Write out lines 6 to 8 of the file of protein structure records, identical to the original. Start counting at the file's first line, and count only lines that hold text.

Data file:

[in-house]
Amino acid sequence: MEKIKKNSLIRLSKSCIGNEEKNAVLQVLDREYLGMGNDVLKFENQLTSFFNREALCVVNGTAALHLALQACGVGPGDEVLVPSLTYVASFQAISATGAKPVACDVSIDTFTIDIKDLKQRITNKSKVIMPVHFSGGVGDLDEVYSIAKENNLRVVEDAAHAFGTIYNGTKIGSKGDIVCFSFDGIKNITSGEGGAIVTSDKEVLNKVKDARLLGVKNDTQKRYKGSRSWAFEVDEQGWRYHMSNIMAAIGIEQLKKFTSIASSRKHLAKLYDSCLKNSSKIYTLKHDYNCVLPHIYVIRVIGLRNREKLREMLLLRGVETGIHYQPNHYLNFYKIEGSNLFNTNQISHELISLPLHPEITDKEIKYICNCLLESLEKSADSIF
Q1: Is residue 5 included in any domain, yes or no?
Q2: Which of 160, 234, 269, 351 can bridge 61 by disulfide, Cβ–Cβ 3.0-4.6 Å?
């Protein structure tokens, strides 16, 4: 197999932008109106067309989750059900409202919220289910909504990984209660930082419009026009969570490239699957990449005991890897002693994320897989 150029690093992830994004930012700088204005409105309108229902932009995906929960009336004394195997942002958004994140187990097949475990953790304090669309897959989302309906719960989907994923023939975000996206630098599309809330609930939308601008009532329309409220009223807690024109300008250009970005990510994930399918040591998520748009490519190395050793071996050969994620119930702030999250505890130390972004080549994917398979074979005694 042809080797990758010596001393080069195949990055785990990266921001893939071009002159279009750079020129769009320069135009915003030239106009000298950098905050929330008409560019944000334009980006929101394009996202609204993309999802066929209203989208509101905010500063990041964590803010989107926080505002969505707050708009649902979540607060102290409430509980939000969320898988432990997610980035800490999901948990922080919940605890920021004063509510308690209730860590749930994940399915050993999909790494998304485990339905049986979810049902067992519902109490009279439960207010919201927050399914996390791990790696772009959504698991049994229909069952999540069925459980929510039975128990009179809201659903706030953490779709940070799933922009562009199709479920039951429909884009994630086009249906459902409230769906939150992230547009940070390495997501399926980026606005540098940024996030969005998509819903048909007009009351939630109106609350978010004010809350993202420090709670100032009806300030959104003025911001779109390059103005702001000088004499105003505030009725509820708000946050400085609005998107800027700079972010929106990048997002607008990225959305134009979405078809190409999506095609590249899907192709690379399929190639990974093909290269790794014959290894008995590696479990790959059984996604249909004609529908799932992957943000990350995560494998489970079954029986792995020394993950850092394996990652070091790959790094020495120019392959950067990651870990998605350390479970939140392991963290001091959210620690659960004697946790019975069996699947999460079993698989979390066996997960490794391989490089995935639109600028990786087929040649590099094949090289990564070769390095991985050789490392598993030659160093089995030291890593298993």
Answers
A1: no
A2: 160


Answers
A1: no
A2: 160